At approximately 12:48 a.m. EST, the first listening stations began reporting that they had received radio signals from the “Explorer” satellite. The first station to confirm the signals was the San Gabriel Valley Amateur Radio Club near Pasadena, California. However, ABMA officials were waiting for confirmation from the Goldstone radio tracking station in Earthquake Valley, California. Finally, 1 hour and 57 minutes after launch the confirmation was finally relayed to ABMA officials in the form of the simple phrase, “Goldstone has the bird!”
“It seemed as if the gates of hell had opened up. Brilliant stiletto flames shot out from the side of the rocket near the engine. The vehicle agonizingly hesitated for a moment, quivered again, and in front of our unbelieving eyes, began to topple. It sank like a great flaming sword down into the blast tube it toppled slowly breaking apart, hitting part of the test guard and ground with a tremendous roar that could be felt and heard even behind the 2 food concrete wall of the blockhouse. For a moment or two there was complete disbelief. I could see it in the faces. I could feel it myself.”
Sputnik 2 was the second spacecraft launched into Earth orbit and was the first to launch a living creature. The satellite was a 4 meter high cone-shaped capsule with a base diameter of 2 meters. It contained several compartments for radio transmitters, a telemetry system, a programming unit, a regeneration and temperature control system for the cabin, and scientific instruments. A separate sealed cabin contained the first space passenger Laika, the space dog. Engineering and biological data were transmitted by the telemetry system to Earth for 15 minutes of each 103 minute orbit. Two spectrophotometers were on board for measuring solar radiation and cosmic rays. A television camera was mounted in the passenger compartment to observe Laika.
On October 4th 1957, the Soviet Union demonstrated that it had to be taken seriously. Only a few years prior they had lagged the US badly in both bombers and Nuclear weapons. Now, there was deep concern that the Soviet’s could launch a nuclear attack on the US with their new R-7 ICBM. To add fuel to the fire, Just 4 days after Sputnik launched the Soviet Union detonated a 20 megaton Hydrogen bomb.
“The success of the Russian Sputnik was convincing and dramatic proof to people around the world of the real prospects of space travel in the not too distant future. The fact that a 23-in. sphere weighing 184 lb has been placed in an almost precise circular orbit indicates that a number of important technological problems such as high thrust rocket engines, lightweight missile structures, accurate guidance, stable autopilot control, and large scale launching methods have been solved, at least to the degree required for a satellite project.” Astronautics, Nov 1957.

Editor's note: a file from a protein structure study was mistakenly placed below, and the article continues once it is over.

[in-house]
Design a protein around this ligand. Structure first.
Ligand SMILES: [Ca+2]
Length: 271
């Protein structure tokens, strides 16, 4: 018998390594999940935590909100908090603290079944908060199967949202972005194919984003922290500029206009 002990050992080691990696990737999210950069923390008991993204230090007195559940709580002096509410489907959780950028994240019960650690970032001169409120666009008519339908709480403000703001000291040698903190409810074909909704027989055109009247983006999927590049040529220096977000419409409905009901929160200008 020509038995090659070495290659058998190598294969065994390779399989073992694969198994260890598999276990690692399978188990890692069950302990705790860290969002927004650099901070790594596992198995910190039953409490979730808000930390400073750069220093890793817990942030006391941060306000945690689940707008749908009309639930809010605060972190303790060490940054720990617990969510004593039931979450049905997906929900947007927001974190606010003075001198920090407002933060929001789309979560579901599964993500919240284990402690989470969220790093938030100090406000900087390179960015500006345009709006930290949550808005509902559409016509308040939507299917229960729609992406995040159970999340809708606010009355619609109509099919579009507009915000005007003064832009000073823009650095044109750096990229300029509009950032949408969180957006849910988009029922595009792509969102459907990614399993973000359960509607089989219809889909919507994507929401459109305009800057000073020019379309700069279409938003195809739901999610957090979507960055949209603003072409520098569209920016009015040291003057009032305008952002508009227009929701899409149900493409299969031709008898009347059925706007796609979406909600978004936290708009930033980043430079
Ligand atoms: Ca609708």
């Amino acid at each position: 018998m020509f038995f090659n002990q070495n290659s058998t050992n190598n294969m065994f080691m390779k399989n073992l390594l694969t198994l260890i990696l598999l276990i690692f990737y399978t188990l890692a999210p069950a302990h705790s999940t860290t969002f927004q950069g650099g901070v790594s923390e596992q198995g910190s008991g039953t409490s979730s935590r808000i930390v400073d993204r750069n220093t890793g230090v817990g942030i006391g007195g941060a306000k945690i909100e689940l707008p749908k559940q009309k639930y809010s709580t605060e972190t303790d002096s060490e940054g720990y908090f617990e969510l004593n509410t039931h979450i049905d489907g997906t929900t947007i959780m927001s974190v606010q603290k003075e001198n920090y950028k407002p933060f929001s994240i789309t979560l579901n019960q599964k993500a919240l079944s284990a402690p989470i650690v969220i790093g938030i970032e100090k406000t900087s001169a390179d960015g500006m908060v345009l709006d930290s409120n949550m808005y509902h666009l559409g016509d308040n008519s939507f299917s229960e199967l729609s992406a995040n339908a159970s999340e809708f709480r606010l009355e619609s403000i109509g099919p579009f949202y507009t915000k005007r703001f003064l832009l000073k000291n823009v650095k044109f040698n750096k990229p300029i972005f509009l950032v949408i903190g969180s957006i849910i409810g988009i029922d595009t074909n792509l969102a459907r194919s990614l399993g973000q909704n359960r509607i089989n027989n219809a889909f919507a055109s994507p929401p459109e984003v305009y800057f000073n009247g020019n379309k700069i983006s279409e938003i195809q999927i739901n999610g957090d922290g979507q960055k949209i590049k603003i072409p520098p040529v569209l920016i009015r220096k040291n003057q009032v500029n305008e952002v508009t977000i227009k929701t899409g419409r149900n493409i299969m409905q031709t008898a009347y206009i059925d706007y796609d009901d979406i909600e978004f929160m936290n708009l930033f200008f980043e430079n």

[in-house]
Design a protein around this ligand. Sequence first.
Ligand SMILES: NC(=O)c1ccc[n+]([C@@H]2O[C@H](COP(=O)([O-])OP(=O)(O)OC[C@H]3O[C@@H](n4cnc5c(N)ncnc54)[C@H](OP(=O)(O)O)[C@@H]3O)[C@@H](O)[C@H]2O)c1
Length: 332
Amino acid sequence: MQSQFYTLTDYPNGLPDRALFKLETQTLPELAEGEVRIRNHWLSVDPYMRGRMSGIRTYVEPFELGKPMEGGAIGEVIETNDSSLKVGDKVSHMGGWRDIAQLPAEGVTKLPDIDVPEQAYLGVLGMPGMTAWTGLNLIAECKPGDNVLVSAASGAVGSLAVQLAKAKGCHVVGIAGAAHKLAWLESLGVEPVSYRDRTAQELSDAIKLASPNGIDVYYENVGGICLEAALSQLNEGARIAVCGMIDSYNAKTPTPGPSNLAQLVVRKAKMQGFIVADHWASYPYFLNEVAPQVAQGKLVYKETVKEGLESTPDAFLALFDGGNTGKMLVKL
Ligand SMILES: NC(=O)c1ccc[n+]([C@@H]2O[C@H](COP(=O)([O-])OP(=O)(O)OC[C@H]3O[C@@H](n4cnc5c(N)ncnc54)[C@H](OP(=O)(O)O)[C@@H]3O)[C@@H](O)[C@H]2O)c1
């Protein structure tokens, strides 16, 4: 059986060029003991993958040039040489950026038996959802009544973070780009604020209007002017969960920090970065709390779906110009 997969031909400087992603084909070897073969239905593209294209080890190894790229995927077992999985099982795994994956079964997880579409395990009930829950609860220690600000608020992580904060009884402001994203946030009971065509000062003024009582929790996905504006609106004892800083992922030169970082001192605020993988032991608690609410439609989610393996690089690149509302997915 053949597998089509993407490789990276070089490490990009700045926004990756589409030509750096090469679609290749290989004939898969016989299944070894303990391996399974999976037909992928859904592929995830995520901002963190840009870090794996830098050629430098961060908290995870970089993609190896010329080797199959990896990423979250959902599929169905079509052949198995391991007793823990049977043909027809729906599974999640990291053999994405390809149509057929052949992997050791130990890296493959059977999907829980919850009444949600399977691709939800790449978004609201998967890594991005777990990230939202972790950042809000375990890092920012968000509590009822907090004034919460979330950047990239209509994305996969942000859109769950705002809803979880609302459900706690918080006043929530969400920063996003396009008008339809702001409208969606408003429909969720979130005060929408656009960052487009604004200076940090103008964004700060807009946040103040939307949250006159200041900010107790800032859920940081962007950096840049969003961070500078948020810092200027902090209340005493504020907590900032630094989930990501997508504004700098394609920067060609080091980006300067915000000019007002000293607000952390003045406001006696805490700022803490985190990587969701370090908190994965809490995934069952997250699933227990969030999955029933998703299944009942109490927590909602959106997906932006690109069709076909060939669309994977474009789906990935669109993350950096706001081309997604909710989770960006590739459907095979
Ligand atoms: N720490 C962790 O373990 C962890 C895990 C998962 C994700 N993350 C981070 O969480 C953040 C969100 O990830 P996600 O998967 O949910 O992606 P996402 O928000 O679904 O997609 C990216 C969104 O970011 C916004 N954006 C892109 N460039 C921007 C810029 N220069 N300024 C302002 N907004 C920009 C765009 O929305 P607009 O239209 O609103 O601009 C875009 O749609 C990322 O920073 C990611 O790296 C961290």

By the late 1940’s, it became obvious that Army ballistic missile research activities required more room than what was available at Fort Bliss, Texas. After a long and through search the decision was made to move to the Redstone arsenal at Huntsville, Alabama. A farm town know for watercress, cotton and mosquitoes. The Redstone Arsenal was chosen for several reasons: it was on a large tract of government property, its location on the Tennessee River gave it access to the electrical power of the Tennessee Valley Authority, the climate was good, and it was not too far from Cape Canaveral, whose long range proving ground was growing in importance.
It’s important to understand that in the late 1940s within the United States there were three concurrent programs for military rocket development. This was due to continuing inter-service rivalry between the Army, Navy, and Air Force.
“The Americans have unified their forces into a single thrust, and make no secret of their plans to dominate outer space. But we keep our plans secret even to ourselves…” Sergei Korolev the Founder of the Soviet Space Program.
“In 1937, I was officially demanded to join the National Socialist Party. At this time I was already Technical Director at the Army Rocket Center at Peenemünde. The technical work carried out there had, in the meantime, attracted more and more attention in higher levels. Thus, my refusal to join the party would have meant that I would have to abandon the work of my life. Therefore, I decided to join. My membership in the party did not involve any political activity.” Werner von Braun, 1947.